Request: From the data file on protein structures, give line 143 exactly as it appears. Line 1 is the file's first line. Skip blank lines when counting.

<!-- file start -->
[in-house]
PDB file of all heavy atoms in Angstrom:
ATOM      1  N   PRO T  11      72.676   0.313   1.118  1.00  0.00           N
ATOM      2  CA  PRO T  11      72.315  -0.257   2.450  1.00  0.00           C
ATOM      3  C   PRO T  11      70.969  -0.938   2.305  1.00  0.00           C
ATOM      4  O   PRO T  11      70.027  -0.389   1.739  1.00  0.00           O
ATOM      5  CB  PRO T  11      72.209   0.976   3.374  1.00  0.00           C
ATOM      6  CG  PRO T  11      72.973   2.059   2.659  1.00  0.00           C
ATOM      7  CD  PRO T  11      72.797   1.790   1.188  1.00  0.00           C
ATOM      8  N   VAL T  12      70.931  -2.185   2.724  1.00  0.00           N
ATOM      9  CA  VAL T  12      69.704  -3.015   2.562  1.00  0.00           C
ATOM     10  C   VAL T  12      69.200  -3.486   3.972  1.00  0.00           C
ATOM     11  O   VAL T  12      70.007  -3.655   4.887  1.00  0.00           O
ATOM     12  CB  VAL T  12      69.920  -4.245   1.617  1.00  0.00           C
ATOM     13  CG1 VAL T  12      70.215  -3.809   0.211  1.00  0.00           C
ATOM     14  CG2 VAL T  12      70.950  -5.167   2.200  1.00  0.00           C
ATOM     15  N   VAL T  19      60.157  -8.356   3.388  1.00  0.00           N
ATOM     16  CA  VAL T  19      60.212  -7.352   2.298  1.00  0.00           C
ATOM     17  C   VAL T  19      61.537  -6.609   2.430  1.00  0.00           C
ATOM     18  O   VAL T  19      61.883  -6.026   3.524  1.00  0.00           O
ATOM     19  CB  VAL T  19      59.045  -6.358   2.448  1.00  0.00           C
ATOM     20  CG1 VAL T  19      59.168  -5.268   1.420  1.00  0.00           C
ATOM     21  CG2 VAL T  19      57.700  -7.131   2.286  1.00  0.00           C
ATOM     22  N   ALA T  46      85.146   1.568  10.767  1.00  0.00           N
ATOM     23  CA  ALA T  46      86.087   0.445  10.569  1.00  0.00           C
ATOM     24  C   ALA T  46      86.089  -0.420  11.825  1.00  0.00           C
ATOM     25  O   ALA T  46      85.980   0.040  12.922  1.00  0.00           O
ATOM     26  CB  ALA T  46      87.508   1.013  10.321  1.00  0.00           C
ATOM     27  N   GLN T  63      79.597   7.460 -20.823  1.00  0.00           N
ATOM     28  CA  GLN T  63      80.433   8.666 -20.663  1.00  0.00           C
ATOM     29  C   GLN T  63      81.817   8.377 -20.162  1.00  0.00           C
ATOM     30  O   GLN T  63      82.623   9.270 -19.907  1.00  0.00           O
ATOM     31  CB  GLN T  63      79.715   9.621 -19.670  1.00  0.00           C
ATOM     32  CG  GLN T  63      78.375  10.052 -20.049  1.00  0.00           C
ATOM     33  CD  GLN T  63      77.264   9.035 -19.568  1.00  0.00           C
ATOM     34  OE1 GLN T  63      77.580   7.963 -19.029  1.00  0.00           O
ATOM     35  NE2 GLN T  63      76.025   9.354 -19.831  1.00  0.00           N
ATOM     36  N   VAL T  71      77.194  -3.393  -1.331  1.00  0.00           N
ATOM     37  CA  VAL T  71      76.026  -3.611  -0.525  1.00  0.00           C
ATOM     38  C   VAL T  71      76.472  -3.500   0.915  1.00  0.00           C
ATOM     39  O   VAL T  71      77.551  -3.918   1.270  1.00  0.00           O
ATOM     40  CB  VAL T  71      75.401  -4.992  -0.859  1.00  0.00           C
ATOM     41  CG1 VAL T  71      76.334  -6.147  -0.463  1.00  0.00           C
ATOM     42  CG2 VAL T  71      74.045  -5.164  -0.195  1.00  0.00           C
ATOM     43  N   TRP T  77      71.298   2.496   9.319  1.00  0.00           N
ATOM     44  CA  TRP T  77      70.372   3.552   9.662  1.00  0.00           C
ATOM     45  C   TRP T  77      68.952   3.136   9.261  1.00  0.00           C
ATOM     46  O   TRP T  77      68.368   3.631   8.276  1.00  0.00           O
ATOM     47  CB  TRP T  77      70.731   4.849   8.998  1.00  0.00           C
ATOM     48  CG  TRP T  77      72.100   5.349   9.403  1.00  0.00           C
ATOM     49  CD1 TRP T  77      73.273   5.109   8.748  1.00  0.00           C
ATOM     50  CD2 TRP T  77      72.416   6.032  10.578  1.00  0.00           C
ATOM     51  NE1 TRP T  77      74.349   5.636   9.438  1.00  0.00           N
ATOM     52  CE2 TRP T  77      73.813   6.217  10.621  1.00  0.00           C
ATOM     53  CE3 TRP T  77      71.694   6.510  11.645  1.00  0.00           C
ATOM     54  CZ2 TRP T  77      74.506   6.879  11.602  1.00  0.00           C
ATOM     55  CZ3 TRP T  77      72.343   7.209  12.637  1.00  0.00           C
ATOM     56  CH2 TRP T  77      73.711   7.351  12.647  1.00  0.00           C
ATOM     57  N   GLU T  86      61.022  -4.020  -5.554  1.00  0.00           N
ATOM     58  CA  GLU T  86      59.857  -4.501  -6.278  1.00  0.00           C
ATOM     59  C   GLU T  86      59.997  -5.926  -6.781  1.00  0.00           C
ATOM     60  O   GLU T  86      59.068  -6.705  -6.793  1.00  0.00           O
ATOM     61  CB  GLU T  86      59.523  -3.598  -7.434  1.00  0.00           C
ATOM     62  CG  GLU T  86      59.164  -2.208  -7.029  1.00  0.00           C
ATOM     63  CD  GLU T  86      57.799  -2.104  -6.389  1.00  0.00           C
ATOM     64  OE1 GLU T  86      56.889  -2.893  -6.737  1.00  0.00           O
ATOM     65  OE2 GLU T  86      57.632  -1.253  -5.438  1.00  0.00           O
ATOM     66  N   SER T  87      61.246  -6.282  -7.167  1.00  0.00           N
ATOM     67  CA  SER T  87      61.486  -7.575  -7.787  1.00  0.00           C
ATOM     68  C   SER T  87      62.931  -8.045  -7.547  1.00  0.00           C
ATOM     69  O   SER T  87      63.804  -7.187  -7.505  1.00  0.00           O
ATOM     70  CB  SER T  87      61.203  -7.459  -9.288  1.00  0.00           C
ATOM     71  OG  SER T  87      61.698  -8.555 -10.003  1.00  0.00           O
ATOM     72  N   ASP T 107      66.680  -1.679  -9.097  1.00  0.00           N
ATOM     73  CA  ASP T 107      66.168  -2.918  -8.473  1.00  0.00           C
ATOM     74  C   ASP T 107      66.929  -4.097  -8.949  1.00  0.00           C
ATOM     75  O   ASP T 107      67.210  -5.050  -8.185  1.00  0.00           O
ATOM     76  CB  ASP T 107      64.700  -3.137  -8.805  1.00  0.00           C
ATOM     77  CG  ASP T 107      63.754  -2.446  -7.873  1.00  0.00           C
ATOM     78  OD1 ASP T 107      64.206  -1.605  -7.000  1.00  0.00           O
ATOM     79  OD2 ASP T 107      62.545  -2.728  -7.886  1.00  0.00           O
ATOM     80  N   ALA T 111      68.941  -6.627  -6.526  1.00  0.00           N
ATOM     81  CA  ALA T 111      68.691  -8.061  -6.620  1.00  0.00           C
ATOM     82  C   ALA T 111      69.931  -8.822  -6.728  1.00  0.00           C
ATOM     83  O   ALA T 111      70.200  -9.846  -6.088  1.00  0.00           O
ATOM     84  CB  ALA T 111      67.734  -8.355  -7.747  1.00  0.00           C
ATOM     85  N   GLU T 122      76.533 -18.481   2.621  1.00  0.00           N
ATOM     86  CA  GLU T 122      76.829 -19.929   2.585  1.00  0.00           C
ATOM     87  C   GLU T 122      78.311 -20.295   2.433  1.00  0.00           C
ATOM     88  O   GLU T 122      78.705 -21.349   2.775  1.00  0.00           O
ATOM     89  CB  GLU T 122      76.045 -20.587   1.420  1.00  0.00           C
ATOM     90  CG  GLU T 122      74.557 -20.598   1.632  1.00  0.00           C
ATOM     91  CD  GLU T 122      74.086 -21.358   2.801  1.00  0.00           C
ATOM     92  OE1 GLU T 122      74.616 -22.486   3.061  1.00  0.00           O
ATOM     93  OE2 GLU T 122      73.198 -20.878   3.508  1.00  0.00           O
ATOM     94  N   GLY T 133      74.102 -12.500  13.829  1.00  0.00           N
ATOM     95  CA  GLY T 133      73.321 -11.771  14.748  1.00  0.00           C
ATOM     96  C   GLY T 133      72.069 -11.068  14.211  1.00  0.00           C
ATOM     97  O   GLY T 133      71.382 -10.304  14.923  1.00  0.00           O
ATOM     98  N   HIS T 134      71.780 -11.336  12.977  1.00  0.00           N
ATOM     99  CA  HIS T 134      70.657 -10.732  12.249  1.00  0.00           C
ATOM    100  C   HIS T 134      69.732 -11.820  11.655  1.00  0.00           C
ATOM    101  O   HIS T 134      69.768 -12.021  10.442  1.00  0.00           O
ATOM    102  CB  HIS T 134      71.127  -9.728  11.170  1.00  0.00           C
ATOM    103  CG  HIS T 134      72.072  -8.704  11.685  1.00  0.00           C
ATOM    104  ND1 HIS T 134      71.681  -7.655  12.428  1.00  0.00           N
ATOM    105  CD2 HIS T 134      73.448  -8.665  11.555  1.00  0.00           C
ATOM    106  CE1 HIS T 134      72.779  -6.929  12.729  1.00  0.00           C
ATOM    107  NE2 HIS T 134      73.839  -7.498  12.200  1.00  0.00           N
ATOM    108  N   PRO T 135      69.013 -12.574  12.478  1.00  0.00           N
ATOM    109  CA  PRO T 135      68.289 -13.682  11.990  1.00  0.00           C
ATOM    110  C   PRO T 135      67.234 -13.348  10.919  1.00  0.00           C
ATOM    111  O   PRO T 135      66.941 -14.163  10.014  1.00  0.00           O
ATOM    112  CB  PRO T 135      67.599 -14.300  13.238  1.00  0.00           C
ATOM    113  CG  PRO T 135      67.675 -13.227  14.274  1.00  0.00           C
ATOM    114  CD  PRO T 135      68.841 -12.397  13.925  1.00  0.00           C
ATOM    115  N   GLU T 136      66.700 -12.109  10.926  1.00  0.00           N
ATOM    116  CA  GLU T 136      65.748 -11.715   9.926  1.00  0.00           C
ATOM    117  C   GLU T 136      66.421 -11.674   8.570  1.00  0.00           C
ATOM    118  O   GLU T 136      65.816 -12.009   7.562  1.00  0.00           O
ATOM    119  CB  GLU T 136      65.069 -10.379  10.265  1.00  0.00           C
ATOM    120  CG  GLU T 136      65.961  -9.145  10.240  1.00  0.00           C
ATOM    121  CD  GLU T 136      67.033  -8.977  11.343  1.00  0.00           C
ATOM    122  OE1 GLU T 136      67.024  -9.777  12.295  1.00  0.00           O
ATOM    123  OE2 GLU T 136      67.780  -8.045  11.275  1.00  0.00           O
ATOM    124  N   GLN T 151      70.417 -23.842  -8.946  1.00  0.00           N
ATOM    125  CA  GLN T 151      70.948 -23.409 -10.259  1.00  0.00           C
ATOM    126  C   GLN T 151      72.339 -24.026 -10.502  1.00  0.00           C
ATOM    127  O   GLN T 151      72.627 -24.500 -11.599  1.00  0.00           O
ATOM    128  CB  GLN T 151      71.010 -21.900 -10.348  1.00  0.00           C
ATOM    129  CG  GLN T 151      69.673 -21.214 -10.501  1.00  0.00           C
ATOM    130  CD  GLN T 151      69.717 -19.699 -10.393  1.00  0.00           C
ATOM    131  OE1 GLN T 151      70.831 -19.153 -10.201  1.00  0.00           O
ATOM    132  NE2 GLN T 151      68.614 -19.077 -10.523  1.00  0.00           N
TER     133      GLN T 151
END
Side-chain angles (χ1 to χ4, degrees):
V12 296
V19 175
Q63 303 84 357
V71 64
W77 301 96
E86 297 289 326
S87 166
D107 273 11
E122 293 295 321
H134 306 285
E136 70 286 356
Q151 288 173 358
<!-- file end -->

E86 297 289 326